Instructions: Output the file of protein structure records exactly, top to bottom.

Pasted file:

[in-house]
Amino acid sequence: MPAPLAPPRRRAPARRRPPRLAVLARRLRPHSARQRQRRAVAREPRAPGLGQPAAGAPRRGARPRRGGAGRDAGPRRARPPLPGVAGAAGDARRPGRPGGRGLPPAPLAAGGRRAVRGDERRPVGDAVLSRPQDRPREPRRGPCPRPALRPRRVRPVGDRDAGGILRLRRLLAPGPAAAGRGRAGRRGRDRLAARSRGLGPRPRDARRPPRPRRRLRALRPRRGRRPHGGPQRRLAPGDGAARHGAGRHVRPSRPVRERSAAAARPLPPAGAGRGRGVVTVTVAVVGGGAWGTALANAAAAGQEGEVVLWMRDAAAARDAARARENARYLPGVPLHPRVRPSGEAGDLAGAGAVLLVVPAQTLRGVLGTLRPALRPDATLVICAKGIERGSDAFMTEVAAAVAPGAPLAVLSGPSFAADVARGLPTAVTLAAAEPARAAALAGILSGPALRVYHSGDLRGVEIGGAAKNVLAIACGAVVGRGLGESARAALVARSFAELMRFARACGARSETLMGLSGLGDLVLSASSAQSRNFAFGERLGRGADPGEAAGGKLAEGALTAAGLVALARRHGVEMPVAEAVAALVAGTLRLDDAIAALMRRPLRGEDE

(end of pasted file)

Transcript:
[in-house]
Amino acid sequence: MPAPLAPPRRRAPARRRPPRLAVLARRLRPHSARQRQRRAVAREPRAPGLGQPAAGAPRRGARPRRGGAGRDAGPRRARPPLPGVAGAAGDARRPGRPGGRGLPPAPLAAGGRRAVRGDERRPVGDAVLSRPQDRPREPRRGPCPRPALRPRRVRPVGDRDAGGILRLRRLLAPGPAAAGRGRAGRRGRDRLAARSRGLGPRPRDARRPPRPRRRLRALRPRRGRRPHGGPQRRLAPGDGAARHGAGRHVRPSRPVRERSAAAARPLPPAGAGRGRGVVTVTVAVVGGGAWGTALANAAAAGQEGEVVLWMRDAAAARDAARARENARYLPGVPLHPRVRPSGEAGDLAGAGAVLLVVPAQTLRGVLGTLRPALRPDATLVICAKGIERGSDAFMTEVAAAVAPGAPLAVLSGPSFAADVARGLPTAVTLAAAEPARAAALAGILSGPALRVYHSGDLRGVEIGGAAKNVLAIACGAVVGRGLGESARAALVARSFAELMRFARACGARSETLMGLSGLGDLVLSASSAQSRNFAFGERLGRGADPGEAAGGKLAEGALTAAGLVALARRHGVEMPVAEAVAALVAGTLRLDDAIAALMRRPLRGEDE